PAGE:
Waldorf Principles at Work in the Community: The Story of the Brightmoor Maker Space

By Bart Eddy

Detroit Community: Preparing the Soil

Detroit Community Schools, a K-12 public charter school, is now in its twenty-fifth year of operation and firmly established in the Brightmoor/Cody-Rouge neighborhoods on the northwest side of Detroit. Candyce Sweda and I became the co-founders of Detroit Community High School and Kindergarten, as we were called back then, in 1997. We made it very clear that we were not starting a public Waldorf School but that we would attempt to bring the educational archetypes of Rudolf Steiner into the public educational domain. This meant that we would do everything possible to create a holistic curriculum and find a balance between the academic, artistic-social, and practical. For eight solid years, this seemed achievable. We were able to weave the arts and the hands-on deeply into the daily experience, including fine arts, woodwork, ceramics, metalwork, and gardening. At the same time, we were also able to create a sense of community well-being within our student body and faculty.

The early years of the charter school movement invited teachers to create their own schools based on pedagogical interests and ideals. In Michigan, these first schools began operation in 1994. In the early years, we experienced a great deal of flexibility with the curriculum. For example, I was able to teach woodworking under the course title: Psychology of Work. This worked well as a social studies elective, for which I was state-certified, and provided an opportunity to work with the artistic and practical gifts of the individual student while incorporating the values of teamwork and high-quality craftsmanship into a woodworking experience. Gardening and science were also companion pieces. However, in 2002 the No Child Left Behind Act (NCLB) was passed by the Bush administration, and the educational landscape began to change at the federal and state levels.

The passage of NCLB, coupled with the trend of charter schools being managed by “for-profit” entities, pushed the charter school movement into the realm of standardized testing in Michigan as a tool for a speedy academic assessment. For example, the writing portion of tests were dropped because they were too time-consuming to score and evaluate. This gave further impetus to the long-term trend of removing the arts and the practical curriculum from the public school system(s). Educationally, we were pushed into a data-driven, results-based model that eclipsed the holistic model for the healthy development of the child for a more singularly focused and easily definable outcome via high-stakes testing. By 2009, when the Obama administration began its Race to the Top initiative, a certain malaise had begun to settle in over our original mission and vision; we could “see the writing on the wall.”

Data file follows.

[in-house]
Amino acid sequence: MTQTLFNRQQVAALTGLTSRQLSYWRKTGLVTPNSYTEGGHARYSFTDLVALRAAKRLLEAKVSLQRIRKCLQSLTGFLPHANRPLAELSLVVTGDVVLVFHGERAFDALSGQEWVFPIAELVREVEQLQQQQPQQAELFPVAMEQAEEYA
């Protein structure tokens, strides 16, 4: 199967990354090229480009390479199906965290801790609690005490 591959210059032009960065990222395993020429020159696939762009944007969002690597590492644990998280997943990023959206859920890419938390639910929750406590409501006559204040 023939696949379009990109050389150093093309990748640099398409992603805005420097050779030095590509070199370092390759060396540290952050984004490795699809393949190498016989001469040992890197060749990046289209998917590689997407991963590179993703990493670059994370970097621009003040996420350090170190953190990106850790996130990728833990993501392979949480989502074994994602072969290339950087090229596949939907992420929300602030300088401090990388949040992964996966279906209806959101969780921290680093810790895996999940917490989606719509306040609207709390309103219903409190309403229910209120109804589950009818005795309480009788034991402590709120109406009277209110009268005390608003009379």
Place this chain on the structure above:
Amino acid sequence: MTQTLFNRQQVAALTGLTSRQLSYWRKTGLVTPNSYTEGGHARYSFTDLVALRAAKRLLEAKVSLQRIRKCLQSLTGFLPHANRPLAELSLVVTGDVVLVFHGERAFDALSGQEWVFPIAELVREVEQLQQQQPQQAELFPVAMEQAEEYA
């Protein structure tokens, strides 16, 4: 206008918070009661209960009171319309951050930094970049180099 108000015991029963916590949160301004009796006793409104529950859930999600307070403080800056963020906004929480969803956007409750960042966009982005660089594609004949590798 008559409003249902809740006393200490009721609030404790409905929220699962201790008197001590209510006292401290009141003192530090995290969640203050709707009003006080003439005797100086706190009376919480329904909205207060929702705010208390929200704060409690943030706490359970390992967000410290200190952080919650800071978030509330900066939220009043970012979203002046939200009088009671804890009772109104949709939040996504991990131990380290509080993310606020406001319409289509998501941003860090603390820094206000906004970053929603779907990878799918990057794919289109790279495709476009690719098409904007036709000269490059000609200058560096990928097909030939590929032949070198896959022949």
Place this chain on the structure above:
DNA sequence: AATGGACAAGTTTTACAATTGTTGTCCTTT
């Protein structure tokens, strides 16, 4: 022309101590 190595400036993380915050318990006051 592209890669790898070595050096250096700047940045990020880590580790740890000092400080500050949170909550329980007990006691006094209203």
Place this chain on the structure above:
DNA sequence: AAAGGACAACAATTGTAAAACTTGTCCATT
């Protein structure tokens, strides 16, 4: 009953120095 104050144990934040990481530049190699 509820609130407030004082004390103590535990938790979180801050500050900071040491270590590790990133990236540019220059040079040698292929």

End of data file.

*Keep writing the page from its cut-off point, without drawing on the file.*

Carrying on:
By 2010, the state terminology of a “failing school” had become the less innocuous “priority school,” which was the category that Detroit Community High School fell into in the spring of that year. Under this designation, we were required to adopt the “turnaround” model, which involved “replacing the principal and 50% of the school’s staff, adopting a new governance structure, and implementing a new or revised instructional program with increased learning time.”[i] These data-driven measurements eventually led to the Common Core standards that were implemented in 2010. Regrettably, many good teachers fell by the wayside as the school administrators hung the “Sword of Damocles” over their teachers’ heads to force the improvement of test scores and save their own positions. There was no way we could have foreseen this nightmare scenario, and yet we were right in the middle of it, still deeply connected to many of our young people and the teachers who had survived the purge.

Brightmoor Maker Space: Planting the Seed

By the summer of 2009, we had lost our woodwork, ceramics, and metalwork offerings, but we were committed to finding another way to at least keep a semblance of our envisioned school alive and well. It was at this point that we decided to take up an unfulfilled aspect of our original vision: to become connected with the community. We found a way to do this in conjunction with the City of Detroit’s Grow Detroit Young Talent program, which allowed us to become a summer worksite that employed our community’s youth. Our first project in Brightmoor was in conjuncture with Leland Missionary Baptist Church, working with them to develop a “Spirit Park” as a remembrance site for their ancestors. We were fortunate to have Johannes Matthiessen, an internationally recognized landscape artist, work with us through his organization, Sacred Landscapes.